ESMO 2019: Final FLAURA results reinforce front-line approval of AstraZeneca’s Tagrisso

GlobalData Healthcare 9th October 2019 (Last Updated October 10th, 2019 14:44)

Final results from the Phase III FLAURA trial investigating AstraZeneca’s Tagrissofinal reinforce the therapy as the SOC for first-line treatment of patients with EGFRm advanced NSCLC, according to the study's author.

ESMO 2019: Final FLAURA results reinforce front-line approval of AstraZeneca’s Tagrisso

Final results from the Phase III FLAURA trial investigating AstraZeneca’s Tagrisso (osimertinib) in locally-advanced or metastatic non-small cell lung cancer (NSCLC) were presented at the European Society of Medical Oncology (ESMO 2019) meeting in Barcelona, Spain. 

FLAURA demonstrated an overall survival (OS) benefit with Tagrisso over the previous tyrosine kinase inhibitor (TKI) standard-of-care (SOC) treatments, AstraZeneca’s Iressa (gefitinib) or Roche’s Tarceva (erlotinib). Tagrisso was investigated for the first-line treatment of patients with epidermal growth factor receptor mutated (EGFRm) NSCLC, particularly exon 19 deletion or exon 21 L858R which are estimated in 45% and 40% of EGFRm patients, respectively. Tagrisso is the first EGFR-TKI monotherapy to show a statistically significant OS benefit over other EGFR-TKIs. 

Study author, Professor Suresh Ramalingam of the Winship Cancer Institute of Emory University, Atlanta, Georgia, reinstated that these final results reinforce the therapy as the SOC for first-line treatment of patients with EGFRm advanced NSCLC.

In FLAURA, Tagrisso demonstrated a median OS of 38.6 months compared to 31.8 months for patients receiving Iressa/Tarceva and further indicated better long-term OS rates with one-, two- and three-year OS rates of 89%, 74%, and 54% compared to Iressa/Tarceva’s 83%, 59%, and 44%, respectively. Encouragingly, after three years, 28% of patients taking Tagrisso remained on 1st-line treatment, compared with 9% of patients taking Iressa/Tarceva. 

Median progression-free survival (PFS) was also significantly higher with Tagrisso at 18.9 months compared with 10.2 months for Iressa/Tarceva. Tagrisso crosses into the CNS and demonstrated a reduced risk of central nervous system (CNS) disease progression in 6% of treated patients compared with 15% of those treated with Iressa/Tarceva, increasing the time patients with CNS metastases lived without CNS disease progression or death.

Several marketed therapies are classed as EGFR TKIs, which target EGFR mutations to inhibit hyperactivation of EGFR and the resulting aberrant cell proliferation. Tagrisso is a third-generation, irreversible, oral EGFR-TKI that inhibits both EGFR-sensitising mutations for which it received first-line approval in April 2018 and EGFR T790M resistance mutations, for which it was approved in November 2015. Despite their initial efficacy, patients who are treated with EGFR-TKIs will often develop resistance to them through the acquisition of secondary EGFR mutations, the most common of which is the exon 20 T790M mutation.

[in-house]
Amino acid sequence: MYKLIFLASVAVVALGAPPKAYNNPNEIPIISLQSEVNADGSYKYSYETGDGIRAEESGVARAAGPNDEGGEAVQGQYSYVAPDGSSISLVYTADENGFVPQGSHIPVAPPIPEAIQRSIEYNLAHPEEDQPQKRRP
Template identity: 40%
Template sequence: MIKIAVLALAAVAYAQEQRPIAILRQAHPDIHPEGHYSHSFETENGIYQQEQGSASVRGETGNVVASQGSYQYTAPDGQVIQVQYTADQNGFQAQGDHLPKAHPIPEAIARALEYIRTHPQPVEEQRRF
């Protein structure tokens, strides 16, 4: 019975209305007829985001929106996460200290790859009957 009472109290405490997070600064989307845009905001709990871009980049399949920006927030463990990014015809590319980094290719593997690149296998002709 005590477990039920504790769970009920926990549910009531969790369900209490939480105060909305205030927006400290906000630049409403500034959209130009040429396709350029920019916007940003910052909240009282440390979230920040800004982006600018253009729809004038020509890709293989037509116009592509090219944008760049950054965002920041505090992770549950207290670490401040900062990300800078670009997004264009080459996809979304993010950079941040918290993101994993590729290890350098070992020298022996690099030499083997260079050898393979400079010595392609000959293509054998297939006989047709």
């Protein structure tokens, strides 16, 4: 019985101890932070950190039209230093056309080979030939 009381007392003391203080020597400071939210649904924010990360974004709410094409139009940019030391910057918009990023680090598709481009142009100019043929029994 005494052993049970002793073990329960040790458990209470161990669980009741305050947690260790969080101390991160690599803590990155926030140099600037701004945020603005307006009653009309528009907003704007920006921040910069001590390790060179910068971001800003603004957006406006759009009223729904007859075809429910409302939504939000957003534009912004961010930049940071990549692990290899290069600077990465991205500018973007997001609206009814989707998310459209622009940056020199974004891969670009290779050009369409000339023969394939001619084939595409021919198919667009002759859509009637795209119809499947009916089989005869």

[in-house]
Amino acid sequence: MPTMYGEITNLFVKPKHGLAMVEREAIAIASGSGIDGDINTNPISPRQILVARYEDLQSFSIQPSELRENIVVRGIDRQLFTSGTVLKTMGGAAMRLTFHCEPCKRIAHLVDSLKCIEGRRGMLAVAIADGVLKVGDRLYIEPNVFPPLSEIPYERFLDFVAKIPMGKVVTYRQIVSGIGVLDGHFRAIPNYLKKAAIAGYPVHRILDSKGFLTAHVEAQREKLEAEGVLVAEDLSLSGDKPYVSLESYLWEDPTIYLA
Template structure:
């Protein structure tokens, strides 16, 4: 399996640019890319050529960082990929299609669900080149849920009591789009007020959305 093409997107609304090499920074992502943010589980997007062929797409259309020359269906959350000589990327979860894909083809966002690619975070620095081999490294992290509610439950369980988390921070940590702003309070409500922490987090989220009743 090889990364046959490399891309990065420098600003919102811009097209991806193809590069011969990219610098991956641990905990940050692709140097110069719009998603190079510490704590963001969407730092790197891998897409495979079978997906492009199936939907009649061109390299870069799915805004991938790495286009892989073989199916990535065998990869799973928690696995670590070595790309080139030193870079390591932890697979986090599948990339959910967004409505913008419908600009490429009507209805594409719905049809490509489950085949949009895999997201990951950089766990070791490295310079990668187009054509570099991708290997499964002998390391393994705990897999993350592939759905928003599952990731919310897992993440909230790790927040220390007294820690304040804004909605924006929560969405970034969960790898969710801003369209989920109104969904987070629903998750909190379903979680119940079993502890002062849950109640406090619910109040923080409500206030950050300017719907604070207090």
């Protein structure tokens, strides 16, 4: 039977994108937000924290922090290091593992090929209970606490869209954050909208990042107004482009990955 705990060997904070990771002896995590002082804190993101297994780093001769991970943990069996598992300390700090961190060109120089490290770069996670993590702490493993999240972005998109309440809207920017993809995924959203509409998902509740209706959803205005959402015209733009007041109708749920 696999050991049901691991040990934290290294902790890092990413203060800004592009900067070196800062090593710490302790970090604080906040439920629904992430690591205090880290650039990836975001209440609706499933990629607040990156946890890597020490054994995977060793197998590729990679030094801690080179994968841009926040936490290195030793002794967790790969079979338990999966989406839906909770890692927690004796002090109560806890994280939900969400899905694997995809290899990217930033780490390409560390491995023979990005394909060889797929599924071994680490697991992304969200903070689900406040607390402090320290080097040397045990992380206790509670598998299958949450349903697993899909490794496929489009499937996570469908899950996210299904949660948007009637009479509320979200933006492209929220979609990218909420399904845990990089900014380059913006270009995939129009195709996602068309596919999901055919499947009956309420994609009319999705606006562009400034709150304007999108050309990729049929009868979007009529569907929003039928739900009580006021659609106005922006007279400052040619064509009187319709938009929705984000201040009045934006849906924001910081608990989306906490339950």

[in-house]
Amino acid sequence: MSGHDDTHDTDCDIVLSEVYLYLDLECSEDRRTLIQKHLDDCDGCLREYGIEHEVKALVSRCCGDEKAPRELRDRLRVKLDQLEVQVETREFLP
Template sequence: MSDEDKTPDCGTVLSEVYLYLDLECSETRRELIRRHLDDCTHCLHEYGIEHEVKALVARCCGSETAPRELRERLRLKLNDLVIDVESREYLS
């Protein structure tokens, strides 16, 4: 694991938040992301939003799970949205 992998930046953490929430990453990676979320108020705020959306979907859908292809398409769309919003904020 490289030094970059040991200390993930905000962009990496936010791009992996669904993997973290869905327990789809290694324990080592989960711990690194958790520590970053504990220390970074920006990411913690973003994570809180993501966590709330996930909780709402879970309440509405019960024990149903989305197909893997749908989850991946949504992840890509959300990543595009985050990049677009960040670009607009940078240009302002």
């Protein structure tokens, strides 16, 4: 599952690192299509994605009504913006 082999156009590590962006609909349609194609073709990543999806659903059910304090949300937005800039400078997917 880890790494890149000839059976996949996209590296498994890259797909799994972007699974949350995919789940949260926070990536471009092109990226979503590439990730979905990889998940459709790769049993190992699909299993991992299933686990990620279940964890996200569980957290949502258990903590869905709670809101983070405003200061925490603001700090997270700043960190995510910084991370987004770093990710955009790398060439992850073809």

AstraZeneca’s Iressa, Boehringer Ingelheim’s Gilotrif (afatinib), Eli Lilly’s Portrazza (necitumumab), Pfizer’s Vizimpro (dacomitinib) and Roche’s Tarceva are other treatments approved as EGFR-TKI therapies. 

Last year, Tagrisso reported annual global sales of $1.9bn, representing growth of 95%, partly driven by its approval in the first-line EGFRm NSCLC setting, and became AstraZeneca’s largest-selling oncology medicine. In July 2019, Tagrisso faced barriers to its first-line use due to its poor cost-effectiveness resulting in a rejection from the National Institute for Health and Care Excellence’s (NICE) and lack of reimbursement from the UK’s National Health Service (NHS). 

Further, concerns have been highlighted regarding the potential for acquired resistance to Tagrisso through MET amplification and EGFR C797S mutation, rendering patients in need of further treatments, such as EGFR/MET combination inhibitors or standard chemotherapies.

Discussing the published results at ESMO, Dr Pasi Jänne of the Dana Farber Cancer Institute stated that although cure is the ultimate goal, the future of EGFRm NSCLC therapies treatments should move on from single-agent EGFR-TKI comparisons and shift to building upon the efficacy of Tagrisso. Therefore, an understanding of where best to intervene to improve on Tagrisso is needed, for example, whether the addition of targeted therapy or chemotherapy combinations would be advantageous. Further, enhanced precision therapy which would identify low and high-risk EGFRm NSCLC patients, and determine those who can be treated on a single agent and those who require a combination approach. Tagrisso holds huge market potential, therefore, it is up to AstraZeneca to take advantage of the available opportunities for further development.

Related reports

GlobalData (2017). Non-Small Cell Lung Cancer (NSCLC) – Dynamic Market Forecast to 2025, August 2017, GDHC001FS

GlobalData (2016). EpiCast Report: Non-Small Cell Lung Cancer (NSCLC) – Epidemiology Forecast to 2025, November 2016, GDHCER132-16

GlobalData (2016). PharmaPoint: Non-Small Cell Lung Cancer (NSCLC) – Global Drug Forecast and Market Analysis to 2025, November 2016, GDHC134PIDR